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Tuesday, July 2, 2013

Sea Buckthorn from Seed

News:  Last month new information came out suggesting the extract of leaves from Sea Buckthorn may have properties as a food preservative!  The full article link follows.  Studies like this could help move this plant and its products from a more specialty market to a commodity.  Future farmers of Sea Buckthorn would benefit greatly should such uses become mainstream.

Antimicrobial activity of seed, pomace and leaf extracts
of sea buckthorn (Hippophae rhamnoides L.) against
foodborne and food spoilage pathogens--Link to full research paper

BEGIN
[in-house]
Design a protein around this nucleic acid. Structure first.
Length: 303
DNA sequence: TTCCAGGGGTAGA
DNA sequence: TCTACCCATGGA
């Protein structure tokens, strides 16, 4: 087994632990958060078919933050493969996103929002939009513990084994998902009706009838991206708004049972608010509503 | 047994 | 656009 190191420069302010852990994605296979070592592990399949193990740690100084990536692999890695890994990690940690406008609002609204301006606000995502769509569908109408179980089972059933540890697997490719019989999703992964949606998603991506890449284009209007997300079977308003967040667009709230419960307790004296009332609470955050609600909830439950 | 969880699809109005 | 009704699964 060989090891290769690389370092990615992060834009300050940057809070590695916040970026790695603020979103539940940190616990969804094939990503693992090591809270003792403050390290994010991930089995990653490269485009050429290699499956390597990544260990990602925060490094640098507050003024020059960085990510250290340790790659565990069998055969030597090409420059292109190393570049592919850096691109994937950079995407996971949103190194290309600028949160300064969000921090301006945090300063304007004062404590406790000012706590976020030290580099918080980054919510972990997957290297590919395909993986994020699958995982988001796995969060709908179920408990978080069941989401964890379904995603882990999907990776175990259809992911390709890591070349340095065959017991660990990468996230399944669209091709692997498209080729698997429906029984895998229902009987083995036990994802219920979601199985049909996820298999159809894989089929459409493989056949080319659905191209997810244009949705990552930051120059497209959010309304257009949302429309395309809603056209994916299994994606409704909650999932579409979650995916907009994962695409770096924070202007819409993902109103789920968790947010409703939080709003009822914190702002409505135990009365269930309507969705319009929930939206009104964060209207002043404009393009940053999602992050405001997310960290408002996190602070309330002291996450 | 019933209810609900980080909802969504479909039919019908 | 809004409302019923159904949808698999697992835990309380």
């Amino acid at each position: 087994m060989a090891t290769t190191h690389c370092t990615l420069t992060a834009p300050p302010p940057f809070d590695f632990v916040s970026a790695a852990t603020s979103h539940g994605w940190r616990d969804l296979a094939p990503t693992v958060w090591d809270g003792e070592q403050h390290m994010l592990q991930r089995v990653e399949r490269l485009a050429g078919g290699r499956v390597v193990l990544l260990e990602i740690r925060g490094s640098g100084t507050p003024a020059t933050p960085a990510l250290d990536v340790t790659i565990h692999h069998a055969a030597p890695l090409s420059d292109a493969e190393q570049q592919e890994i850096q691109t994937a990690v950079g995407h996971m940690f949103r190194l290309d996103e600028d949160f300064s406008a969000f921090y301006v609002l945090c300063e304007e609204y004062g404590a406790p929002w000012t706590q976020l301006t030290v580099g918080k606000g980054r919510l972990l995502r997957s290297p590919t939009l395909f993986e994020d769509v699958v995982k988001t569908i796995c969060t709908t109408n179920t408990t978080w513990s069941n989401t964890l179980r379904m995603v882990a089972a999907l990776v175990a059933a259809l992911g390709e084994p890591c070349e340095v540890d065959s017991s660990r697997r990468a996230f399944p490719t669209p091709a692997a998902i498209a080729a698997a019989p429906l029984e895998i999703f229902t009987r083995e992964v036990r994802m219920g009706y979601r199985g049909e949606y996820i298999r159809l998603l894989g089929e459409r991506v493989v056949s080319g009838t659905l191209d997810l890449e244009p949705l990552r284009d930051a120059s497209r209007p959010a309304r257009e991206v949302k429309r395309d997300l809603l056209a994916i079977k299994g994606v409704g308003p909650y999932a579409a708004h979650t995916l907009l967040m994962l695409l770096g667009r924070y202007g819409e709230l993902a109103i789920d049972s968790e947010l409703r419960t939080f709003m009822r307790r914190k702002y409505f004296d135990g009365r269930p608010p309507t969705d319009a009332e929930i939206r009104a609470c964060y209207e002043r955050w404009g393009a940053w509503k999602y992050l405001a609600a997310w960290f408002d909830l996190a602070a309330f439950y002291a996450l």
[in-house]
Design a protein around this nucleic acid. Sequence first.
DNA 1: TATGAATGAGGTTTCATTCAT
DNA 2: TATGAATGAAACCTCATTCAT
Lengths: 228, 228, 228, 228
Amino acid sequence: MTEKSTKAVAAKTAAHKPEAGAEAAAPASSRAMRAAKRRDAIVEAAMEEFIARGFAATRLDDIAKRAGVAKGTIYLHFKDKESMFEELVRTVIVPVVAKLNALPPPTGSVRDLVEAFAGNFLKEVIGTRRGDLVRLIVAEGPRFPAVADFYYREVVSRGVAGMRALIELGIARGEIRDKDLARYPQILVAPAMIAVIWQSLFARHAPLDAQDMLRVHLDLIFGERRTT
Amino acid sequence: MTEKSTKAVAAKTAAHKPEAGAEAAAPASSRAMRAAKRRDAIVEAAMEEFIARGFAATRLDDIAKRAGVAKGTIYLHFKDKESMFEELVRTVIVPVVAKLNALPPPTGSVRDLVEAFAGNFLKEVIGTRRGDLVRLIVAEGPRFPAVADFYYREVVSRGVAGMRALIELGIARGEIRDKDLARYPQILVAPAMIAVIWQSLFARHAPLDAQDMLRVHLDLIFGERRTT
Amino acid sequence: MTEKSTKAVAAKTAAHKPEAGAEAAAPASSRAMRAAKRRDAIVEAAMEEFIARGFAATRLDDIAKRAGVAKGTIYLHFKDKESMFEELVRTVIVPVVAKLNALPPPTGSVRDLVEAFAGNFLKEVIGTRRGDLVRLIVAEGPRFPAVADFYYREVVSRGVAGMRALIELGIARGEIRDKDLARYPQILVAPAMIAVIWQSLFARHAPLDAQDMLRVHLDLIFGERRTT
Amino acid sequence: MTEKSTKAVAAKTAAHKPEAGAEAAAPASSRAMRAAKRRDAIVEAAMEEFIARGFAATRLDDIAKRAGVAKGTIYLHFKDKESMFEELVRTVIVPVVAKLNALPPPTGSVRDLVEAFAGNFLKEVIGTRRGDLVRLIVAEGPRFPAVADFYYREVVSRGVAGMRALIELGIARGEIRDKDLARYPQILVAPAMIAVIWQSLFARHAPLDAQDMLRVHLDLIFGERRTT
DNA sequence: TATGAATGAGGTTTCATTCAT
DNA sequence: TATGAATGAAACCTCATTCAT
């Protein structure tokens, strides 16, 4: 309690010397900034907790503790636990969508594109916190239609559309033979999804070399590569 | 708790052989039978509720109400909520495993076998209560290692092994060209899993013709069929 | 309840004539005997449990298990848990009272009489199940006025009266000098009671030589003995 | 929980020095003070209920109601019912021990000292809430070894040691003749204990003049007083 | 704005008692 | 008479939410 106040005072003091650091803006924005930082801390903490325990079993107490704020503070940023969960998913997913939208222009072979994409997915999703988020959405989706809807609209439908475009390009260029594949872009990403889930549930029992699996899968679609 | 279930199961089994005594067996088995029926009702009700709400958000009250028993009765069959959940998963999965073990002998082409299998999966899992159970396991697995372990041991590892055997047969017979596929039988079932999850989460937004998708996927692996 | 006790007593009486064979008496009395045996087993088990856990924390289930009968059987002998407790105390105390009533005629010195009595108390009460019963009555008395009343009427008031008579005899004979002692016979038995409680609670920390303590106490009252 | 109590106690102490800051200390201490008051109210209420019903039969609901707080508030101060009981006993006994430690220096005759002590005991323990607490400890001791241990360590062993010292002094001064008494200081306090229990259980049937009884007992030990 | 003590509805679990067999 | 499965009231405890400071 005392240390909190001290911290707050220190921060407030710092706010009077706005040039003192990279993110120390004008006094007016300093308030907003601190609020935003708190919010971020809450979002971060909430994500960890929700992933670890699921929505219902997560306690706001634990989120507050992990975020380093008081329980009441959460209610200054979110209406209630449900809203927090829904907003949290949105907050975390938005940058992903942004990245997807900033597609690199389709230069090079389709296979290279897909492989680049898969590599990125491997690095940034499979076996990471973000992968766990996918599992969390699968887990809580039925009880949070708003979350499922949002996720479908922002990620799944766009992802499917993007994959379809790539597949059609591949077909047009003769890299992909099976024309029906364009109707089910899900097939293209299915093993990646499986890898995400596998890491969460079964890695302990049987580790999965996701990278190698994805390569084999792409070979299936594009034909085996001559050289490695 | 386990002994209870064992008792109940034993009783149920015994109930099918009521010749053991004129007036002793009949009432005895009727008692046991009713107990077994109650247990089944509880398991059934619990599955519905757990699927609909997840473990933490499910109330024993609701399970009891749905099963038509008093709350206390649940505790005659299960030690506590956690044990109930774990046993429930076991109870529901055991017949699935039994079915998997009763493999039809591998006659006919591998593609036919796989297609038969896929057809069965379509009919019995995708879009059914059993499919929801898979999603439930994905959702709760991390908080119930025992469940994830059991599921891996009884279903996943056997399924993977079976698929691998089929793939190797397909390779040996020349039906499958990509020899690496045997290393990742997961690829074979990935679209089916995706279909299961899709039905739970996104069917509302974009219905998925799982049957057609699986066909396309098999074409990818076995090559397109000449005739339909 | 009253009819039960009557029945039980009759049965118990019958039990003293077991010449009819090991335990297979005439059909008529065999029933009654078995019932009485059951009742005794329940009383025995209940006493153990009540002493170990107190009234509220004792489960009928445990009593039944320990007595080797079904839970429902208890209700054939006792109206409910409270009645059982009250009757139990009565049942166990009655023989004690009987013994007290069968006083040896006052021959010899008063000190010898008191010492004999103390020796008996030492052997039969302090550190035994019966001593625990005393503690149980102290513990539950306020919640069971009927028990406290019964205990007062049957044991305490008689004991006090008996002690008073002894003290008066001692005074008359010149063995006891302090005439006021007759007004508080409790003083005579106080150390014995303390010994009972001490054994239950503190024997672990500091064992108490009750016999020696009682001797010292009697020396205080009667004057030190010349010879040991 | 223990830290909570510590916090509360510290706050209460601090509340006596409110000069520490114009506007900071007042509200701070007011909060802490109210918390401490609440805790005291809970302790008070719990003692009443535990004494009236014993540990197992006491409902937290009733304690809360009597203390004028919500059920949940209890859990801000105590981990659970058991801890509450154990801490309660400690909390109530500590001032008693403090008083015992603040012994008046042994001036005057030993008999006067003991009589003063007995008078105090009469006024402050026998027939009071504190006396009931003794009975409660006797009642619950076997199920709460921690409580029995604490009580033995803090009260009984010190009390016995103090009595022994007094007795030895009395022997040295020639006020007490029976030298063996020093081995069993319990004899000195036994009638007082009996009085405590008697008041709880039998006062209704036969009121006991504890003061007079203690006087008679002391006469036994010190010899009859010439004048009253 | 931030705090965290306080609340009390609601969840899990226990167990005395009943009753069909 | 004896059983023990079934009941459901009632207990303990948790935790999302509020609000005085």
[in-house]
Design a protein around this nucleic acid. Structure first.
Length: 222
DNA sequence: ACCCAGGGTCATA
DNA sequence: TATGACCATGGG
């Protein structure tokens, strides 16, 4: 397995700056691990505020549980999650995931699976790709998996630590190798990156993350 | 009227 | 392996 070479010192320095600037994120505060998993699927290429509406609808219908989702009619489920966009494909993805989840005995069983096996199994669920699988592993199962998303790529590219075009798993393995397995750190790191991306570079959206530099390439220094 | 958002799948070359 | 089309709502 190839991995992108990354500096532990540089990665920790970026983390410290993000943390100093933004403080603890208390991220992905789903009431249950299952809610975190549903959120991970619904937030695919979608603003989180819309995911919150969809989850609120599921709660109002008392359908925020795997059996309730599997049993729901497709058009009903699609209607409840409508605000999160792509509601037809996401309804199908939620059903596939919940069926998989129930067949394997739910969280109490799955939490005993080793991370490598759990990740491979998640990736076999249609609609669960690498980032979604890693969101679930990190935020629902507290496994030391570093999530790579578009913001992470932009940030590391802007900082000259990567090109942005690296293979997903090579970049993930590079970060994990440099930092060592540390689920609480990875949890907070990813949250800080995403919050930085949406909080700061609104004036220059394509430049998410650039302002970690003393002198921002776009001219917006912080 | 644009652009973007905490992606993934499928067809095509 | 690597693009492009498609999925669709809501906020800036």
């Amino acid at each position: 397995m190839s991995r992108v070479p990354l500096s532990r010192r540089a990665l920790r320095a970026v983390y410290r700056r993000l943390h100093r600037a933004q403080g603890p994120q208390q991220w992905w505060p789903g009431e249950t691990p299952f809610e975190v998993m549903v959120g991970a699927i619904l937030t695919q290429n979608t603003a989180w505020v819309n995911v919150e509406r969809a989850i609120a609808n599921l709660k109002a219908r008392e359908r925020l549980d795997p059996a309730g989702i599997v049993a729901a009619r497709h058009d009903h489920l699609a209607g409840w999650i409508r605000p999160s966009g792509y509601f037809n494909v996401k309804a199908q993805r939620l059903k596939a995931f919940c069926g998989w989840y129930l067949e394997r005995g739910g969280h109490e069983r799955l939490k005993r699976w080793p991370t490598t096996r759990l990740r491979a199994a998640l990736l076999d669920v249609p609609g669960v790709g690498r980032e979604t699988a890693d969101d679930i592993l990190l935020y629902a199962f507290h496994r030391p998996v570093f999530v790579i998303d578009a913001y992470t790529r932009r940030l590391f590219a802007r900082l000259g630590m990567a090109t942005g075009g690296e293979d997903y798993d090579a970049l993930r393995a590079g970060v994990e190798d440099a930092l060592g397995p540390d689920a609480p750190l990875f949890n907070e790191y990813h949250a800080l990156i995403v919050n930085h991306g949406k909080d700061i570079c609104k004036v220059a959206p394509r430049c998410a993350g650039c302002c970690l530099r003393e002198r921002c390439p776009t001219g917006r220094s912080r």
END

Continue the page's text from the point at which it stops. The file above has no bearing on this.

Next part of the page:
These Sea Buckthorn plants in Mansfield, Massachusetts were just seeds about 4 years ago.  Now they range from 4 to 7 feet tall.  My expectation is they will flower next year

Very different than the "wild" planting in Seboeis Maine, this little field of Sea Buckthorn is in suburban Boston.
Even though there are no berries yet, Sea Buckthorn herbal tea can be made from simply drying the leaves and steeping them in some hot water.  They make a very good "green tea".

I will have have an update from Maine soon.  
Below is a graphical representation of the current plantings (at the Maine location) of Sea Buckthorn, Saskatoon, Hazelnut, and Cherry.  There are a couple of plum trees as well I need to add.  My biggest fear with the seaberries was hot and dry weather.  That hasn't been the weather in Maine or Massachusetts.  Maine has had the wettest June on record and flash flood warnings have been common.  I will soon see whether so much rain has been protective of the new plantings or not. 

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